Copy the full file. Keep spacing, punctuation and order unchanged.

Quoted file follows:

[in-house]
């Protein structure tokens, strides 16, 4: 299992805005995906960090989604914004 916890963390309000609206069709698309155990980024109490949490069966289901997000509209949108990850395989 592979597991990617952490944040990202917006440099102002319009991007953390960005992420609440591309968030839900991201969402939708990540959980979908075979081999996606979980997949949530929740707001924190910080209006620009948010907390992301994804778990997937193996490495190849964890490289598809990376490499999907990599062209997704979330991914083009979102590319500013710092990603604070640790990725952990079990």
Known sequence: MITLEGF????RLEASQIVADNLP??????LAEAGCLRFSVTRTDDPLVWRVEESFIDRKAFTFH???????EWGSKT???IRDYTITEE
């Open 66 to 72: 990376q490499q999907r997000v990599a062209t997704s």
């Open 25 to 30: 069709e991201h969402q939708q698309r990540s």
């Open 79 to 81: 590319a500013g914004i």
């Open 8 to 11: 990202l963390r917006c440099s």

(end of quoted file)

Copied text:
[in-house]
């Protein structure tokens, strides 16, 4: 299992805005995906960090989604914004 916890963390309000609206069709698309155990980024109490949490069966289901997000509209949108990850395989 592979597991990617952490944040990202917006440099102002319009991007953390960005992420609440591309968030839900991201969402939708990540959980979908075979081999996606979980997949949530929740707001924190910080209006620009948010907390992301994804778990997937193996490495190849964890490289598809990376490499999907990599062209997704979330991914083009979102590319500013710092990603604070640790990725952990079990």
Known sequence: MITLEGF????RLEASQIVADNLP??????LAEAGCLRFSVTRTDDPLVWRVEESFIDRKAFTFH???????EWGSKT???IRDYTITEE
């Open 66 to 72: 990376q490499q999907r997000v990599a062209t997704s």
């Open 25 to 30: 069709e991201h969402q939708q698309r990540s």
């Open 79 to 81: 590319a500013g914004i």
């Open 8 to 11: 990202l963390r917006c440099s």